Quedgeley WI

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Meeting Reports



Our regular monthly meetings are held on the second Wednesday of each month at 7.30pm at Quedgeley Village Hall, Bristol Road, Quedgeley, Gloucester.

After our monthly meetings we submit a report for publication in the next issue of Quedgeley News. One of our members, Christine Bentley, is our News Reporter. To give you a flavour of our meetings we have included copies of some of this year's reports.

July /August Report 2022

by Quedgeley WI - August 2nd, 2022

Our July meeting was on a warm summer evening when we welcomed Angela Rendell and Kate Peake with their delightful talk “Dressing the Georgian Lady,” a time of excess and extravagance, Marie Antionette and the landed gentry.  The gorgeous Georgian dress worn by Kate and information about the period made it a fun evening! The dresses, and others shown to us in photographs, are all made by her talented mother Angela who also does the photography. This was their second visit to our WI previously they talked on a different fashion period of history, the Victorians.  We were again not disappointed, and our ladies thoroughly enjoyed the evening which also included a competition to find the oldest item in our wardrobes.  This was well supported; we had a range of fantastic things displayed from a 2nd World War uniform to christening gowns to wedding outfits.  It proved very difficult to choose a winner when everyone had made such an effort!

As usual we had no August meeting, but some of our ladies enjoyed our summer trip to the SS Great Britain in Bristol.

We will be back in Quedgeley Village Hall on the second Wednesday in September at 7.30pm when Dominic Hamilton from the Rococco Gardens in Painswick will be talking to us about these delightful local gardens.

We warmly welcome new members and visitors. For more information, please visit our website, www.quedgeleywi.co.uk, our Facebook page, or ring our President, Pat Watts on 01452 502252

 

June 2022

by Quedgeley WI - June 18th, 2022

It was another warm and sunny evening for our June meeting and most members were dressed in red white and blue to commemorate the Queen’s Platinum Jubilee. After the singing of Jerusalem we went through the usual business. The book stall at the recent St James’ Church Fete had been profitable, having raised nearly £35. Future dates to look forward to are the visit to the Incinerator in July, the August outing to SS Great Britain in Bristol, a skittles evening in September and the Robinswood Group party in October which has a cowboy theme. At our July meeting we will have another visit from Kate Peake and Angela Rendell with their talk and demonstration on Dressing the Georgian Lady which is sure to be just as enjoyable as their previous one, Dressing the Victorian Lady. There is a competition for “the oldest item in your wardrobe” and members may or may not be asked to model them!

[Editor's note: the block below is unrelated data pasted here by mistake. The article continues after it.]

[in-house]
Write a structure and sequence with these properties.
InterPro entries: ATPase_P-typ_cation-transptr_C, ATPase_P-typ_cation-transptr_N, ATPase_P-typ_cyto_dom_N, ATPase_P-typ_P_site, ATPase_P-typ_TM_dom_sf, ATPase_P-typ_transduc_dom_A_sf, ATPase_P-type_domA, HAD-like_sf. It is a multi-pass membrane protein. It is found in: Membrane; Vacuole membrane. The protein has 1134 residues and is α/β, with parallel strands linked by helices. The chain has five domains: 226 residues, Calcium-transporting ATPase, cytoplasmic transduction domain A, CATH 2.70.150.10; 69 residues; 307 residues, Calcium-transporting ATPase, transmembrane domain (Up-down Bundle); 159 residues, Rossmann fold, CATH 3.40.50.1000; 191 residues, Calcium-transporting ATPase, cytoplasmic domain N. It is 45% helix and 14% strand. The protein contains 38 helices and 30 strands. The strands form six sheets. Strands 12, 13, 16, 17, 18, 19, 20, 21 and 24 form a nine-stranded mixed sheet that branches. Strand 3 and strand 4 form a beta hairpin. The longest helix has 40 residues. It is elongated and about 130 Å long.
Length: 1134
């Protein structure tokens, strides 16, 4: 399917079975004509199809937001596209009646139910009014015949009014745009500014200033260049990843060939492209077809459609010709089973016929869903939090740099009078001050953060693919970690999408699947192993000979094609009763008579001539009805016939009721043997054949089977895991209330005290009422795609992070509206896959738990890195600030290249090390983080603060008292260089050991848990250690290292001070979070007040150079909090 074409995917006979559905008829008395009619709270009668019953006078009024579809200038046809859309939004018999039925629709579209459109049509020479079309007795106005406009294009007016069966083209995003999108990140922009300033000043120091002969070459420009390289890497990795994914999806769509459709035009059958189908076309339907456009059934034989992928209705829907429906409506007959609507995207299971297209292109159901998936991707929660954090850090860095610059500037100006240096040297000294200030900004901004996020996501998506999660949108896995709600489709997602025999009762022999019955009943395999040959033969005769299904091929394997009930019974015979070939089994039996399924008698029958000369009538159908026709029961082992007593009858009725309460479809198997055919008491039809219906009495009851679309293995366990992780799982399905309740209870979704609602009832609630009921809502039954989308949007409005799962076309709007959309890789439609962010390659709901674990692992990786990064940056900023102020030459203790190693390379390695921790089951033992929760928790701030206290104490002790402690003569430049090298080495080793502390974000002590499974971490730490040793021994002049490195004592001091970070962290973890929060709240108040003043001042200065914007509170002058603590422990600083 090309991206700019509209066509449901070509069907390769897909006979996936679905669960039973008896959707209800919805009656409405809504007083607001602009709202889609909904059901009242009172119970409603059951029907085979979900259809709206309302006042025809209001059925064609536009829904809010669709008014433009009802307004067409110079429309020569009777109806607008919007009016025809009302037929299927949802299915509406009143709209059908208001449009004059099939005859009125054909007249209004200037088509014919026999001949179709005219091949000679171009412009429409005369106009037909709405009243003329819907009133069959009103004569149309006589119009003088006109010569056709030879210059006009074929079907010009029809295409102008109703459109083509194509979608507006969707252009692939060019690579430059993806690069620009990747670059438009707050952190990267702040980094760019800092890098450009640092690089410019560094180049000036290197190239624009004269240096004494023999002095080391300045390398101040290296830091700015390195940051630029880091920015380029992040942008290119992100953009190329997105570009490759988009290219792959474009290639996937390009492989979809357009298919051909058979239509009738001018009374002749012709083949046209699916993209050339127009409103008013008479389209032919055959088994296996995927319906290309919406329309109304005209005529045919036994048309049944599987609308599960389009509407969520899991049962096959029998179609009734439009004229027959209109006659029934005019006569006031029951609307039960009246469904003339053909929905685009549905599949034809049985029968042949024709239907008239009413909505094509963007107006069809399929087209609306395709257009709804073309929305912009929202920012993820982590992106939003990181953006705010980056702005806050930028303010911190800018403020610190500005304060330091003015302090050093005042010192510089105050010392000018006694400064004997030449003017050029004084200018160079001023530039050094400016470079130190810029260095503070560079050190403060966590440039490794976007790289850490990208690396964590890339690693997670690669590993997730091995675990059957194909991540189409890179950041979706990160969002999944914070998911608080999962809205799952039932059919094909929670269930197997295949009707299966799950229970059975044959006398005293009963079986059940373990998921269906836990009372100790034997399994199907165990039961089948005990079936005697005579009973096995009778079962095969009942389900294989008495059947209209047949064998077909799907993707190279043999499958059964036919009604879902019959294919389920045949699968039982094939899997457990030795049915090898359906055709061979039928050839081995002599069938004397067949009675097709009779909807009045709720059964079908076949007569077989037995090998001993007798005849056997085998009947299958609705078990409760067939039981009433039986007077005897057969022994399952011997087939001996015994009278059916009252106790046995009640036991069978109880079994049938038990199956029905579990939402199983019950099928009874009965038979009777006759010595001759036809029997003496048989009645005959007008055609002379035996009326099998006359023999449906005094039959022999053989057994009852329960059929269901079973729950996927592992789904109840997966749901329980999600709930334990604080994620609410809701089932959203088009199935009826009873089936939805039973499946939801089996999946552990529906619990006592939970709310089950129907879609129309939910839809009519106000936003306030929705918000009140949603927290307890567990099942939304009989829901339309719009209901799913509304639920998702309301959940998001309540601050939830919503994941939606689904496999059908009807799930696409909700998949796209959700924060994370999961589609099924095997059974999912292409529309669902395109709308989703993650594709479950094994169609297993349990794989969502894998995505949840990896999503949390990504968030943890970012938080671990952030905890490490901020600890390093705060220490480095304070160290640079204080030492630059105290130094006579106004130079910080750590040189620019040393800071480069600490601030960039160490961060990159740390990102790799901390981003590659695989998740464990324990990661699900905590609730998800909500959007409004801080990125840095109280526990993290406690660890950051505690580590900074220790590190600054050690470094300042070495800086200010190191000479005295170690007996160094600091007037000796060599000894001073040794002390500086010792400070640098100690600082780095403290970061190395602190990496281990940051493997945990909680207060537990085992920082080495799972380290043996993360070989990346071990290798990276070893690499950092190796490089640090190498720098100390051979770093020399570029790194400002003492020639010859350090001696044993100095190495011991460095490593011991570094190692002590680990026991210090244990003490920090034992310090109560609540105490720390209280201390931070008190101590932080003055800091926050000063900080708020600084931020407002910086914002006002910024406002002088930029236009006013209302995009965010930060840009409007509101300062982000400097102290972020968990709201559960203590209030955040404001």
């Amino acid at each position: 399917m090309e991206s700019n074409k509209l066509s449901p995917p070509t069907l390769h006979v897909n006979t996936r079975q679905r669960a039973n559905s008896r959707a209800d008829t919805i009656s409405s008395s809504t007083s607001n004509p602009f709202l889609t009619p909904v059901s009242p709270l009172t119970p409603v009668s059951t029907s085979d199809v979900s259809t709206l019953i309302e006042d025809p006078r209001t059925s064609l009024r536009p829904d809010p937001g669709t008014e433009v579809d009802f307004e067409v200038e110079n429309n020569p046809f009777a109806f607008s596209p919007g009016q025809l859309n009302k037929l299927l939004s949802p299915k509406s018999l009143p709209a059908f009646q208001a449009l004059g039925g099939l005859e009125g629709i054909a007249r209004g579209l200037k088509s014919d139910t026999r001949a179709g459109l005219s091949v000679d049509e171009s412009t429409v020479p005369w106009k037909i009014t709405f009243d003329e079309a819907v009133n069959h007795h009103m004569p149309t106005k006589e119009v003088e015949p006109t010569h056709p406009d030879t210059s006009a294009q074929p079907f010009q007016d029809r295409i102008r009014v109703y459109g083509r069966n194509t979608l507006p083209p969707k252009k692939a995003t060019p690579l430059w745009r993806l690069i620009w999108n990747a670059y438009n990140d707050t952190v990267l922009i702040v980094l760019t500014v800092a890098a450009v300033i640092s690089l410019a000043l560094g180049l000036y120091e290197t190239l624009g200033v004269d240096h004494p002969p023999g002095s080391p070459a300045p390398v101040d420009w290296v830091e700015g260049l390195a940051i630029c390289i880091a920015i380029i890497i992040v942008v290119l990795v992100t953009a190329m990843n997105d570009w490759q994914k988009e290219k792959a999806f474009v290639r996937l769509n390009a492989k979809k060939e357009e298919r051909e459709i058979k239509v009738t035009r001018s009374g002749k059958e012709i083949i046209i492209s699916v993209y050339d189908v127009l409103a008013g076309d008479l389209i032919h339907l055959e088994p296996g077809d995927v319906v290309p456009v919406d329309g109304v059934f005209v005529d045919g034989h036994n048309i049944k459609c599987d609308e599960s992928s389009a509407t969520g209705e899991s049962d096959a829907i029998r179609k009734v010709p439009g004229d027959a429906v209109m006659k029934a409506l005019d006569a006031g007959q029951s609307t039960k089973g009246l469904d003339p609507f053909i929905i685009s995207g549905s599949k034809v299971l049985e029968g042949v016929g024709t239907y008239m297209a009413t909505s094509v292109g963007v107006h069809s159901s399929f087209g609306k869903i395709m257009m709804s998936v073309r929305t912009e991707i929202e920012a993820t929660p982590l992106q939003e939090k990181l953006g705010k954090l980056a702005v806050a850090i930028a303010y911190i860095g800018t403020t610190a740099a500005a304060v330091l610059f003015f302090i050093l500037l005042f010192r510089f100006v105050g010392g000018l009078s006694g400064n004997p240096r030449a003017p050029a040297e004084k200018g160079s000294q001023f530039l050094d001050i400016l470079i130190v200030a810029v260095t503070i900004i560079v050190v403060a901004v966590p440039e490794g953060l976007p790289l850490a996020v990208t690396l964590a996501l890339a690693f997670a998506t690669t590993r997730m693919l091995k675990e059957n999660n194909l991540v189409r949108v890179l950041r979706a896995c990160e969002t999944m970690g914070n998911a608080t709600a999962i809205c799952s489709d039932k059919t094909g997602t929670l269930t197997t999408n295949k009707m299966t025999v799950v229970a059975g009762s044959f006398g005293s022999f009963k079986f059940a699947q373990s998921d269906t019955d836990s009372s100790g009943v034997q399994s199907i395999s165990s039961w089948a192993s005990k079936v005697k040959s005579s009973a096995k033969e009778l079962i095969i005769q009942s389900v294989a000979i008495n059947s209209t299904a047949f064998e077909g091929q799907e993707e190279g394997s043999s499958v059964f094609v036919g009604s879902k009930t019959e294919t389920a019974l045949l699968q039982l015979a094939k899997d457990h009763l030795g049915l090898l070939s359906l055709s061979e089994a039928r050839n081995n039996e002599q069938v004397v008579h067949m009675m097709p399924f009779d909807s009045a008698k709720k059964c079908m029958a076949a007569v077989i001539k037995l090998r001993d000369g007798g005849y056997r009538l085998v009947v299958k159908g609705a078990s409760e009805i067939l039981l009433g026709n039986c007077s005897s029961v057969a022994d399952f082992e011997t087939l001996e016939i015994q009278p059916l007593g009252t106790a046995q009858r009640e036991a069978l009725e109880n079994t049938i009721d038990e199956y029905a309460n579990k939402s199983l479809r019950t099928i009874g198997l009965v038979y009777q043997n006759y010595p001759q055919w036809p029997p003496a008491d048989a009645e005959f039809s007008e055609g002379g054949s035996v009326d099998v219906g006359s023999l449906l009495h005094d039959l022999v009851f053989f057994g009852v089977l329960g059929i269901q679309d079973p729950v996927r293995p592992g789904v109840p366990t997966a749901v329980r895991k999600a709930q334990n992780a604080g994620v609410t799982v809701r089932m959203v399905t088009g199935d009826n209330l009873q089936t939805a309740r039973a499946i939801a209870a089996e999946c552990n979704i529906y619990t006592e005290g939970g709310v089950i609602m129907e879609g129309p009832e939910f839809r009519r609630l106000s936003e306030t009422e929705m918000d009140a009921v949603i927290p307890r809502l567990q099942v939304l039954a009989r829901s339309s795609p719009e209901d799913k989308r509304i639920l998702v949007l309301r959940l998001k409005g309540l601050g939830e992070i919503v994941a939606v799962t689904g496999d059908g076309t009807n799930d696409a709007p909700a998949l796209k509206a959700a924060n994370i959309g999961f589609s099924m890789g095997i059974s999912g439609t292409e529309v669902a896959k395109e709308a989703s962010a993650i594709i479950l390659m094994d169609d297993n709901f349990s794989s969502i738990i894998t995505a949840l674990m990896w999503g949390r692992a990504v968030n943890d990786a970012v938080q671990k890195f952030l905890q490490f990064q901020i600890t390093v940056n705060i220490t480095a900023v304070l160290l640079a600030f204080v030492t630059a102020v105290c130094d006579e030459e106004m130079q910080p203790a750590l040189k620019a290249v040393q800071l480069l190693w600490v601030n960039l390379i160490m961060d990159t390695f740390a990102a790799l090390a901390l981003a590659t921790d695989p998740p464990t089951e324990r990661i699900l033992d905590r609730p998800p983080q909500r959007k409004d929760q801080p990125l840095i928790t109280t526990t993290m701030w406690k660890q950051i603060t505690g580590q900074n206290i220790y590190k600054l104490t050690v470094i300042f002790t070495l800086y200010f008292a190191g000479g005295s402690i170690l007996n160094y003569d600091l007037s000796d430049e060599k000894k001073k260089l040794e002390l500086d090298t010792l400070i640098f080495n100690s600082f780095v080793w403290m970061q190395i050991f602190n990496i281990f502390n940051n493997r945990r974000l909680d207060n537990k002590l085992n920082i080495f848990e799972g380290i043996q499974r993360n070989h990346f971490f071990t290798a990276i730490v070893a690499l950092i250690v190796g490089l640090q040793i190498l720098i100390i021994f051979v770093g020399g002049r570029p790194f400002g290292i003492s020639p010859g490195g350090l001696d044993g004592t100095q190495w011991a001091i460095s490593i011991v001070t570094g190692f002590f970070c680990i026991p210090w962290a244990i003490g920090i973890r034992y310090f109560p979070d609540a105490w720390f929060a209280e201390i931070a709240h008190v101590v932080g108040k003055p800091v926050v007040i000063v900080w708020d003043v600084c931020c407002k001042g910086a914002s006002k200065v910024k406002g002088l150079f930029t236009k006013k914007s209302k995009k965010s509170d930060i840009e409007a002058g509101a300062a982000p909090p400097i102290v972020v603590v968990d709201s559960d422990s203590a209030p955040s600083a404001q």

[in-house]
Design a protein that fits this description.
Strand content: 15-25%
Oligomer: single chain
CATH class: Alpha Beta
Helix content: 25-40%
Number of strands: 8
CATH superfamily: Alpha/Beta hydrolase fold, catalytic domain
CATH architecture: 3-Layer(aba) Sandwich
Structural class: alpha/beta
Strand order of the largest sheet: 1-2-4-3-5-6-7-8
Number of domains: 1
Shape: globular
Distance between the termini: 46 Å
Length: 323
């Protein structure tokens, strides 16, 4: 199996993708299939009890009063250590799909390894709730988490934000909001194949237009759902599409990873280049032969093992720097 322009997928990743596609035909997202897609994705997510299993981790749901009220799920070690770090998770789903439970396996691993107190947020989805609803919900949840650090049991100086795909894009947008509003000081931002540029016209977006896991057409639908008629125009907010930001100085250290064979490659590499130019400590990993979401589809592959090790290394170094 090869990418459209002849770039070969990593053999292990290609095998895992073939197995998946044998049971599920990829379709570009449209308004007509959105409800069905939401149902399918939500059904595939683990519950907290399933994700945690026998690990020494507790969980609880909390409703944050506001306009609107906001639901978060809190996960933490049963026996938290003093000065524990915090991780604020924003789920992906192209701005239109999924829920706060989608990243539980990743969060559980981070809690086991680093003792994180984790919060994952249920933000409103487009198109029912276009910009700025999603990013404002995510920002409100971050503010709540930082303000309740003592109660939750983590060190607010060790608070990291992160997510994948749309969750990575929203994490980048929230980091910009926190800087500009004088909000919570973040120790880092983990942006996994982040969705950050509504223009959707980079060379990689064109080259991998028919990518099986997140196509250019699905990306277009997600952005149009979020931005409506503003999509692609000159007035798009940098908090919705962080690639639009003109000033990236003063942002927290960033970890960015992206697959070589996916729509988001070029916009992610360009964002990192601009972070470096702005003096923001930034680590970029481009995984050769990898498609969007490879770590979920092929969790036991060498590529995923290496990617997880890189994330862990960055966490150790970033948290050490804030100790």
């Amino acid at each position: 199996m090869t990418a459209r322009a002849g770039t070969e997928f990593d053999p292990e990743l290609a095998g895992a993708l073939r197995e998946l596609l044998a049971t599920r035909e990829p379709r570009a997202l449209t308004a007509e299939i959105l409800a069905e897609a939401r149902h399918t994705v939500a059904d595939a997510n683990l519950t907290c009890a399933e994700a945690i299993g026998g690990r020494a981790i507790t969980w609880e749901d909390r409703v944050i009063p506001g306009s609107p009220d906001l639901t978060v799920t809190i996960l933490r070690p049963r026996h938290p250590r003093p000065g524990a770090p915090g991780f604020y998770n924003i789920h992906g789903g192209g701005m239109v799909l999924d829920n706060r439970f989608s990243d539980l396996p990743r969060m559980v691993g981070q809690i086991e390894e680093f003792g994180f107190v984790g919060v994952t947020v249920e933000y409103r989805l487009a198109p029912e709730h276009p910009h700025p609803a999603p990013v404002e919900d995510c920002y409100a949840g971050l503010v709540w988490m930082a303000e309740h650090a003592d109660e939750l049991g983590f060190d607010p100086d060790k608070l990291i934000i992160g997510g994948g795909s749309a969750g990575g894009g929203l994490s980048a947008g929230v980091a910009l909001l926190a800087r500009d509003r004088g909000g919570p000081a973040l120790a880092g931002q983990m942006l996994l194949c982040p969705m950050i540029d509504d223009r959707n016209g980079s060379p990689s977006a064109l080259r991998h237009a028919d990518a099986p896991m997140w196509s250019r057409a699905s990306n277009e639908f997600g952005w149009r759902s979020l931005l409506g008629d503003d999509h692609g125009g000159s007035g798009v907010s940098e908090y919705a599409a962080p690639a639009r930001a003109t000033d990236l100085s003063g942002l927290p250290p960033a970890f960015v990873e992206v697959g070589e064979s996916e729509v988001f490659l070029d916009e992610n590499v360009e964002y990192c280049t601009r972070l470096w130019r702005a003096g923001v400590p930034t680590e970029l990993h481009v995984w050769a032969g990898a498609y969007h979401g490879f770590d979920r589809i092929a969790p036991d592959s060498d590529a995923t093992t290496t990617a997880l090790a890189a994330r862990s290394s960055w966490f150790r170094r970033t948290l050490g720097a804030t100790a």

This month’s speaker was Pam Slatter from the Cotswold Perfumery in Bourton-on-the-Water. She brought several testers for members to try after her talk but first we heard about the history of the Perfumery, which was started in the mid-1960s, where the perfumes were made in the kitchen before moving into bigger premises. You won’t find their perfumes in big stores except Harrods or direct from the Perfumery, although they do also manufacture fragrances for several celebrities. We were told that if you want a particular fragrance then look on the Harrods website, if they haven’t got it listed you can’t get it.

As well as their usual range of fragrances, the Cotswold Perfumery also make “smells” to represent the plague etc. for several historic visitor attractions and anywhere else that may want other authentic “atmospheres”.

The retail price of perfume depends on the cost of over 800 ingredients that come from plants and trees from all over the world. Jasmine is very expensive as it is carefully hand-picked at night when the flowers are at their most fragrant and being pollinated by flying insects. Some flowers only grow in certain countries due to the right climate, while others are only available for one month of the year which also adds to their rarity and expense. Many inexpensive perfumes from well-known companies are purely chemical concoctions and have not been created with the same expensive natural ingredients used by the Perfumery. We were shown a chart which can be found online called The H & R Genealogy which lists hundreds of perfumes and their classification. Some are Sweet while others can be much stronger and one particular perfume, Poison, has been banned in some offices as it was giving people headaches!

We were given several tips on buying and storing perfumes, one of which was to not just go by the name but to actually try a sample and wait at least two minutes for the fragrance to work and also that the same perfume can smell totally different on someone else. Ask for some samples from the store so you can try a few different ones at home. The worst place to keep your expensive perfume is in a glass bottle on your dressing table. It should be kept out of the light, either in your dressing table drawer or even in the bottom of your fridge where it is cool and dark and will keep for much longer. The usual shelf-life of perfumes is around three years, although Chanel No 5 should be used within two years. One other useful tip was to avoid using perfume when you are wearing pearls as it spoils them. After this very informative talk and perfume sampling we raised a toast to Her Majesty the Queen, accompanied by delicious cakes and scones.